Initial evaluation of the effectiveness of prone position ventilation for treating acute respiratory distress syndrome in patients with severe burns
Nội dung chính của bài viết
Introduction: In patients with severe ARDS, prone-position ventilation is thought to be effective in improving air exchange and safe.
Objectives: To evaluate the effectiveness of improving blood oxygenation and lung mechanics after prone position ventilation, the safety of the treatment, and its outcomes.
Subjects and methods: A prospective comparative study was conducted on 14 adult burn patients with ARDS, treated in the Intensive care unit at the National Burn Hospital, from 8/2021 to 10/2022. Indicators include blood oxygenation; lung mechanics before, during, and after prone position ventilation. Clinical criteria: Accidents, complications during the ventilation process, and the outcomes of prone position ventilation.
Results: The average burn area was 53.92 ± 21.05%, mean deep burn area was 27.07 ± 14.75%. There were six out of 14 patients with an inhalation injury. During the prone position ventilation process, blood oxygenation improved over time, and the PaO2/FiO2 ratio increased gradually compared with before ventilation (p < 0.05). Static lung compliance increased sharply after prone-position ventilation, from 22.5 ml/cmH2O to 25.36 ml/cmH2O (p < 0.05). Peak airway pressure, plateau pressure, and mean airway pressure decreased significantly after prone position ventilation (p < 0.05). Prone position ventilation was quite safe: no patients underwent hypotension, cardiac arrest, endotracheal tube obstruction, or slip of the endotracheal tube; one patient had a slip of a central venous catheter (7.14%), and six patients had facial edema (42.84%). The rate of improved oxygenation in patients was high (85.72%), and the mortality rate was 64.3%.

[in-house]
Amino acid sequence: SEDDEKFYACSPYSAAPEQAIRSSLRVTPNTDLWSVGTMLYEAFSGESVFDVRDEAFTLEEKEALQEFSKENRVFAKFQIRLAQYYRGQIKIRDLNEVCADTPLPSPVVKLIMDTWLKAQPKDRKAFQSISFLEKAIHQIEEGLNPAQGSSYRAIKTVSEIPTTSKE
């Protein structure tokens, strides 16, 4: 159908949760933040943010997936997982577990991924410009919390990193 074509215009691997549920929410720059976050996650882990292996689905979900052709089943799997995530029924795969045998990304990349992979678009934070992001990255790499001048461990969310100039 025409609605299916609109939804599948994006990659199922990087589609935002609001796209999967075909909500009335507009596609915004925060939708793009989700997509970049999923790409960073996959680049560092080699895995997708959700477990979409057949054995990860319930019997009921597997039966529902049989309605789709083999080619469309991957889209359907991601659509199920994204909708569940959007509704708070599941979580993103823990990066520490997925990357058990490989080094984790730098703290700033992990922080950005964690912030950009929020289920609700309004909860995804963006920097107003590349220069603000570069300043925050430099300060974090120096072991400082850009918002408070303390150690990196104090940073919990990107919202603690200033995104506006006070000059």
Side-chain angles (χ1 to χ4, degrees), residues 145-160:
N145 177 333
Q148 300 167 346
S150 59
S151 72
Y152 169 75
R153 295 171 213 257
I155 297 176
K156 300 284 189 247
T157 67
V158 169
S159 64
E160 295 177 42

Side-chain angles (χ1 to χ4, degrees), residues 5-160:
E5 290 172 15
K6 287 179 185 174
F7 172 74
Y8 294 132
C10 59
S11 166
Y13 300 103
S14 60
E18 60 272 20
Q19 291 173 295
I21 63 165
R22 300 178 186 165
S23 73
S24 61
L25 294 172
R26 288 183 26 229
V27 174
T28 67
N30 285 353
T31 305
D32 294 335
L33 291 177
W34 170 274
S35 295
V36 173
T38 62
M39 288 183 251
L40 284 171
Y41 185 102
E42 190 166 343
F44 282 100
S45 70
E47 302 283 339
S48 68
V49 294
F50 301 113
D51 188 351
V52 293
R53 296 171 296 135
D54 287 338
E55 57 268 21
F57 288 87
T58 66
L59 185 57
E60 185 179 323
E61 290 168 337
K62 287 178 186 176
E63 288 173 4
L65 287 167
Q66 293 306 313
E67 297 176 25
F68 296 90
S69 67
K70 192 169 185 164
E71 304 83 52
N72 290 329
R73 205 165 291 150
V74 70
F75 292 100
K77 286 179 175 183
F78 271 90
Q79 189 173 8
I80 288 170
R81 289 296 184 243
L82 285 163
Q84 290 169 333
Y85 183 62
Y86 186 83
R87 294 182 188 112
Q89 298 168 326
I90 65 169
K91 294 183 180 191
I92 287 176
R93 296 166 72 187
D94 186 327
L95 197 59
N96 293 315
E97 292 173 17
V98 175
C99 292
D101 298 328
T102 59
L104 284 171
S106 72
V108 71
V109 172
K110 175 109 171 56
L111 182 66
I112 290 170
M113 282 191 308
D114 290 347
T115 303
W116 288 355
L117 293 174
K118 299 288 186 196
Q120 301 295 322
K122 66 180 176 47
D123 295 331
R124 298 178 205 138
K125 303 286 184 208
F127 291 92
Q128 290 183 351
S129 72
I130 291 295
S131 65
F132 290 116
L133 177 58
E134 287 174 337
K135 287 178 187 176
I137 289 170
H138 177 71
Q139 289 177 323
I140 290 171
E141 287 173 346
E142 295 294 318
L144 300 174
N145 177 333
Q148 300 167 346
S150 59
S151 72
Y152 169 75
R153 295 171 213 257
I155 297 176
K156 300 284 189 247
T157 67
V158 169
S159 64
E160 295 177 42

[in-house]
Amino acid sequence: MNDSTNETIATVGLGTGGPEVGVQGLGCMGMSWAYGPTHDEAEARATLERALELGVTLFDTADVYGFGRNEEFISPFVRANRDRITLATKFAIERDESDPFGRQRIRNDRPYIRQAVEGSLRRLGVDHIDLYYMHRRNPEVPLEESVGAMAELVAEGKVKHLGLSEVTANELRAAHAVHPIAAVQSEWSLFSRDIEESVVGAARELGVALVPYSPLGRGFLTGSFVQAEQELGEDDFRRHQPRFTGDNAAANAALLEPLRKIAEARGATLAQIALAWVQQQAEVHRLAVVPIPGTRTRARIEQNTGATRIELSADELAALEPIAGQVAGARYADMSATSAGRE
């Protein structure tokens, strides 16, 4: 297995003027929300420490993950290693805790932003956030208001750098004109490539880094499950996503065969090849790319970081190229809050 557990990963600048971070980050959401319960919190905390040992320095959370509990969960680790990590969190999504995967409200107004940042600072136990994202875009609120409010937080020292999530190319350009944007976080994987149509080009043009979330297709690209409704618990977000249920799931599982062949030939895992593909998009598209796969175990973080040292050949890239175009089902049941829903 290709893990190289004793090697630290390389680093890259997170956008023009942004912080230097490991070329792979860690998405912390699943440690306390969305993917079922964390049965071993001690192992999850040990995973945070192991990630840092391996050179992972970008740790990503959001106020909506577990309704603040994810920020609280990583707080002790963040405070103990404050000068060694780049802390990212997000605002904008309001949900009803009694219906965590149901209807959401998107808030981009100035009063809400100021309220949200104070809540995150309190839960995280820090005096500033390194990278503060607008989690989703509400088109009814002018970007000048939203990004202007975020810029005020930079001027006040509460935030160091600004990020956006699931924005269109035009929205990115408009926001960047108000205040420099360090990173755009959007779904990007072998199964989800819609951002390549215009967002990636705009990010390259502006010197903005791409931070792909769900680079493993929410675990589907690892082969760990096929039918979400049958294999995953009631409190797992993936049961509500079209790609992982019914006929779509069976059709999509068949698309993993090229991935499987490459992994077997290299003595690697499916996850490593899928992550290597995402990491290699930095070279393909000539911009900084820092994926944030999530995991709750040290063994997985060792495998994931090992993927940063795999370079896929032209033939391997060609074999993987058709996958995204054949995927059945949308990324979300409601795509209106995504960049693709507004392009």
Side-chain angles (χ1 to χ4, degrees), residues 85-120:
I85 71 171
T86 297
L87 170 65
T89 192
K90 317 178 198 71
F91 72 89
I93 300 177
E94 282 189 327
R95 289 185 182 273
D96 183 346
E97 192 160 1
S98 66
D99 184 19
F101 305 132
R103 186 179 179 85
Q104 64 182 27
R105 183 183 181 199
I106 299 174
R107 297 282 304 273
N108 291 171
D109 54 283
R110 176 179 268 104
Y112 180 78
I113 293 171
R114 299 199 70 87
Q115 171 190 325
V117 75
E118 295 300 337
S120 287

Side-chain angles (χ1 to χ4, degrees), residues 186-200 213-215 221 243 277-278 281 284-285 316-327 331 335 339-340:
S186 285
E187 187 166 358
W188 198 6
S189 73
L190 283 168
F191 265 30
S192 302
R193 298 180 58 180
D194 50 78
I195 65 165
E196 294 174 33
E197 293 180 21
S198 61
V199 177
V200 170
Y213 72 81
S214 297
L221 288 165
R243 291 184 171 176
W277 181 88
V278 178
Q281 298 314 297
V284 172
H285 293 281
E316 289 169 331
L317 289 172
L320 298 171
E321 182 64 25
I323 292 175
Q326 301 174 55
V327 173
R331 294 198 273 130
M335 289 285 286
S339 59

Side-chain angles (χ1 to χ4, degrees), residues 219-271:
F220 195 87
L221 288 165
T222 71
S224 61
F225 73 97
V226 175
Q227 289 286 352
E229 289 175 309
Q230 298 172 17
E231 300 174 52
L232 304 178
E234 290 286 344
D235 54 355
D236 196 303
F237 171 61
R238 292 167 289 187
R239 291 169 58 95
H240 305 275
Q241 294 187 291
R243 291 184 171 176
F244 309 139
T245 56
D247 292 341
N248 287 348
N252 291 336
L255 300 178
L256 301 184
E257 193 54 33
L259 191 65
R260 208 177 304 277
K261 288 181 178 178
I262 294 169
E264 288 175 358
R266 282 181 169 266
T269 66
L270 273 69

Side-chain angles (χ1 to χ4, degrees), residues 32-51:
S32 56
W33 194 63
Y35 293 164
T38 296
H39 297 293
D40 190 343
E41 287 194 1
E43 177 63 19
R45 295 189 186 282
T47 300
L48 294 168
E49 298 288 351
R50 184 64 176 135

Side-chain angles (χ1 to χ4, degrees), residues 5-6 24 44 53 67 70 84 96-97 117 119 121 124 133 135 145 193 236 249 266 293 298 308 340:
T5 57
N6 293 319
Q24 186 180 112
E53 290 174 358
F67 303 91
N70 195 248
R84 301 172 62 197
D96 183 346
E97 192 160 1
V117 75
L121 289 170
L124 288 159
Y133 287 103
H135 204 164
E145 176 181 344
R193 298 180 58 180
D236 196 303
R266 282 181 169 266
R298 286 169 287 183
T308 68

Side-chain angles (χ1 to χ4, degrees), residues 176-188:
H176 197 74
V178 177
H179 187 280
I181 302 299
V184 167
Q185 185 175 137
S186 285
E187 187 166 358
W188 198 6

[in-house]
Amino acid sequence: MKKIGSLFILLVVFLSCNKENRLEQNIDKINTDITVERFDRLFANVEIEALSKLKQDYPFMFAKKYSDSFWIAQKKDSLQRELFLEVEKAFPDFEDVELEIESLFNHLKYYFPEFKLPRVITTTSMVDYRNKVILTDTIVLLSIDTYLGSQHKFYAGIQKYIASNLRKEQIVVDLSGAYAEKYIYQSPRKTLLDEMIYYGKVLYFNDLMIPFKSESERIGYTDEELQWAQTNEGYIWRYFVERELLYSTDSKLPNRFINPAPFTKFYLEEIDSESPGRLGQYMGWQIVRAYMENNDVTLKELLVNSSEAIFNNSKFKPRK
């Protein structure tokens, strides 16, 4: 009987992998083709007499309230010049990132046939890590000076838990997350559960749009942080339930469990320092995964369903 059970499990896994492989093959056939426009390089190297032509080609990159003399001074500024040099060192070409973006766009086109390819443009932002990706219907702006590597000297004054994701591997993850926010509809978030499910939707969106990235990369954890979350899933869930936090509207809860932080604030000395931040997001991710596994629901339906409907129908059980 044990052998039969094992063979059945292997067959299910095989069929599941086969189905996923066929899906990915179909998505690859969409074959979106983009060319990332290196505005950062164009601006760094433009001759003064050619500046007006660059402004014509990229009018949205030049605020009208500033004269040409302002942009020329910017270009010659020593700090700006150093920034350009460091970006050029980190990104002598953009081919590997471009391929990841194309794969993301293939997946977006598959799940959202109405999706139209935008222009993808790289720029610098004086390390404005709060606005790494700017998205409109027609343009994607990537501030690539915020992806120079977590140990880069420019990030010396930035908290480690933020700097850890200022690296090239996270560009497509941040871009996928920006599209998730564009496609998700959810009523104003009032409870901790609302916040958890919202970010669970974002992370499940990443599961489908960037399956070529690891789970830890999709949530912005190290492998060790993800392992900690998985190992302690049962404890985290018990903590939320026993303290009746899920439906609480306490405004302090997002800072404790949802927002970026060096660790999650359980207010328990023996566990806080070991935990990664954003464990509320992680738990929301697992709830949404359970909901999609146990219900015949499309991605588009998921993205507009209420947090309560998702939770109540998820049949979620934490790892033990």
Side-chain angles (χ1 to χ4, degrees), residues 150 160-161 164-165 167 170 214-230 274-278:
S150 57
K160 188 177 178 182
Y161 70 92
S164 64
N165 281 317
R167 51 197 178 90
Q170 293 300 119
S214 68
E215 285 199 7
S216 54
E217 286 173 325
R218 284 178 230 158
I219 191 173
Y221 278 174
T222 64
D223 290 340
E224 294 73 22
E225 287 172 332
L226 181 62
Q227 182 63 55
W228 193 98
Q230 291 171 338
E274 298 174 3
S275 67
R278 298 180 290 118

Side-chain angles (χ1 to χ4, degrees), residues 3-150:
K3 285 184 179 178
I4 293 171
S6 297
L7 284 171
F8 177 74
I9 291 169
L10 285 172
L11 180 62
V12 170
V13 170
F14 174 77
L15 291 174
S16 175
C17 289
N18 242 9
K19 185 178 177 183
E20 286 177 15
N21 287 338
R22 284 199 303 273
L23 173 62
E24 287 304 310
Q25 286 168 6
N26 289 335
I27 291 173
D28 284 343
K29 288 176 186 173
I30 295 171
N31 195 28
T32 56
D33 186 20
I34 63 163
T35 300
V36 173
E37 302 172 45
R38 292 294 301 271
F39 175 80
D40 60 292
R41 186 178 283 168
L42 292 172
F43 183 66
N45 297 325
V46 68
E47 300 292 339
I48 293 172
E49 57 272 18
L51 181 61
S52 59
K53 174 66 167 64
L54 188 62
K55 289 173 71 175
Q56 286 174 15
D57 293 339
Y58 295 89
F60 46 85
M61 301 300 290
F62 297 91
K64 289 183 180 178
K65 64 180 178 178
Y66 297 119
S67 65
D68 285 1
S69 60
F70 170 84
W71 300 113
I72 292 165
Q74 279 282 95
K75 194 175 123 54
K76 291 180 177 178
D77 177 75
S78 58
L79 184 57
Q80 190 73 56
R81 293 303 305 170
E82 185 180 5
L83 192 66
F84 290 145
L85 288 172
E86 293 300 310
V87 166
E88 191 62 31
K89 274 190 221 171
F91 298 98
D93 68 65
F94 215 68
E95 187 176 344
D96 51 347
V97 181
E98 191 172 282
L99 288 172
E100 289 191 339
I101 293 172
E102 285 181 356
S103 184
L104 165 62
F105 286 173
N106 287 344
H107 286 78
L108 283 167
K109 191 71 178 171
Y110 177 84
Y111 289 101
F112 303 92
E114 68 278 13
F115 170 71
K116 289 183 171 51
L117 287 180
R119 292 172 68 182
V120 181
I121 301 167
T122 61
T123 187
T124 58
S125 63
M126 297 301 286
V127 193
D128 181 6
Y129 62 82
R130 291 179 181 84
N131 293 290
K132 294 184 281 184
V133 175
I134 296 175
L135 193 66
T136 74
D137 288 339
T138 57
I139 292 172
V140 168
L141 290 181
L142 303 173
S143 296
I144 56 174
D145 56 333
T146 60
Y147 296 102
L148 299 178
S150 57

Conclusion: Prone position ventilation was effective in improving blood oxygenation, and lung mechanics and safe for patients with severe ARDS.
Chi tiết bài viết
Prone position ventilation, burns, ARDS
Tài liệu tham khảo
2. Guerin C, Reignier J, Richard JC, et al (2013). Prone positioning in severe acute respiratory distress syndrome. N Engl J Med; 368(23): 2159-2168.
3. Đỗ Minh Dương (2017) Nghiên cứu sự thay đổi oxy hóa máu và cơ học phổi trong thông khí nhân tạo tư thế nằm sấp trên bệnh nhân suy hô hấp cấp tiến triển, Luận án tiến sỹ y hoc, Đại học Y Hà Nội.
4. Romero CM, Cornejo RA, Galvez LR, et al (2009). Extended prone position ventilation in severe acute respiratory distress syndrome: a pilot feasibility study. J Crit Care; 24(1): 81-88.
5. Hale et al (2012). Prone positioning improves oxygenation in adult burn patients with severe acute respiratory distress syndrome. Journal of Trauma and Acute Care Surgery; 72(6): 1634-1639.
6. Pelosi P, Tubiolo D, Mascheroni D, et al (1998). Effects of the prone position on respiratory mechanics and gas exchange during acute lung injury. Am J Respir Crit Care Med; 157(2): 387-393.
7. Gattinoni L, Tognoni G, Pesenti A, et al (2001). Effect of prone positioning on the survival of patients with acute respiratory failure. N Engl J Med; 345 (8): 568-573.
8. Nakos G., Tsangaris I., Kostanti E., et al. (2000) Effect of the prone position on patients with hydrostatic pulmonary edema compared with patients with acute respiratory distress syndrome and pulmonary fibrosis. American journal of respiratory and critical care medicine, 161 (2), 360-368.
9. Guérin C. (2014) Prone ventilation in acute respiratory distress syndrome. European Respiratory Review, 23 (132), 249-257.
10. Munshi L., Del Sorbo L., Adhikari N K., et al (2017). Prone position for acute respiratory distress syndrome. Annals of the American Thoracic Society; 14(4): 280-288.